Went to class the next week and discovered that she had indeed read my piece. The workshop went okay; it wasn’t the worst one ever. (There’s a blog about THAT workshop somewhere…) The professor was actually really nice. She asked my permission to read out loud scenes depicting rape. She discussed the piece with a respectable amount of decorum, especially compared to my workshop the previous semester where it was suggested the sex was consensual. And then, as I do after every workshop, I immediately pulled out her written feedback on the train home.

She called my use of the word “rape” too harsh. She said that it ran the risk of alienating the reader, and she suggested that I remove it, along with any graphic depictions of violence. I wanted to drop the essay onto the subway floor and grind it under my shoes. I wanted to rip off the outfit I had carefully picked out because workshop and scrub the makeup I had applied between class and dog walks right off my face. I wanted to quit. Too harsh. The word rape was just too harsh for the reader to handle, the word that I spent forever learning how to be comfortable saying was “too harsh.”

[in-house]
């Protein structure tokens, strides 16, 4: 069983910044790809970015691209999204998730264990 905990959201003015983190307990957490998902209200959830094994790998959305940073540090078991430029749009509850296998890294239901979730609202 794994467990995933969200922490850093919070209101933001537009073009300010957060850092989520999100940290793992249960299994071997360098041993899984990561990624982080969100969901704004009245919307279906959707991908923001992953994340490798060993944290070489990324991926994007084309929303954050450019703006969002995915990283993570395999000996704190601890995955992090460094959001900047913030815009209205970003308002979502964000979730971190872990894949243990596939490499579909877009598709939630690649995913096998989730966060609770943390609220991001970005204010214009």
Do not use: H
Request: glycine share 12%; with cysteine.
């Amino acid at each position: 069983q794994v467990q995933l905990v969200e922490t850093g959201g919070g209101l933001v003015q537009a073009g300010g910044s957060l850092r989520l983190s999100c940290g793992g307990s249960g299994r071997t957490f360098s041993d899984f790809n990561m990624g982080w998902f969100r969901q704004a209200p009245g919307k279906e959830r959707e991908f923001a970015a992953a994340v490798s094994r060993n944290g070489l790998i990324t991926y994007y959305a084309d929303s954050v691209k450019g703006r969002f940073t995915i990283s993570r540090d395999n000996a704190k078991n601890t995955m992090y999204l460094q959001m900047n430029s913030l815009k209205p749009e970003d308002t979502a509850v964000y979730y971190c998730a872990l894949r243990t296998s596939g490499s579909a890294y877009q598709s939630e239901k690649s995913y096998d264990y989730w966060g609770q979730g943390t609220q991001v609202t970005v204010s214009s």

I cried. It was the first time in a long time that workshop feedback made me cry. I decided that I would never again work on that essay. I told myself that I would never have a thesis advisor, that all my dreams in terms of that were completely out the window.

The following week was a whirlwind of school-related disasters, culminating in the moment when the head of the program called me into her office to tell me that my workshop professor had called me high maintenance and said that my writing was disturbing.

#crushed.

I gave consideration to quitting graduate school for what had to be the hundredth time. And then I made a decision. I emailed my professor. I apologized for whatever grievous offense I had committed, even though I wasn’t sorry at all. She wrote me back thanking me. After class last week, she approached me.

“So what’s the deal? With…this?” She gestured from herself to me and back again.

“I …. I ….” I opted for the honest route. “Look. The head of the program said that you called me high maintenance, and I was really offended. Because I’m not. Like I said in my email, I just wanted to learn from you. And I’m sorry if I stuck my foot in it the first day. I really meant to say all of the things I said in my email—how awesome I had heard you were, how excited I was to be in your class. And it didn’t come out that way. I—“

“Wait,” she interrupted me. “She said I said WHAT?”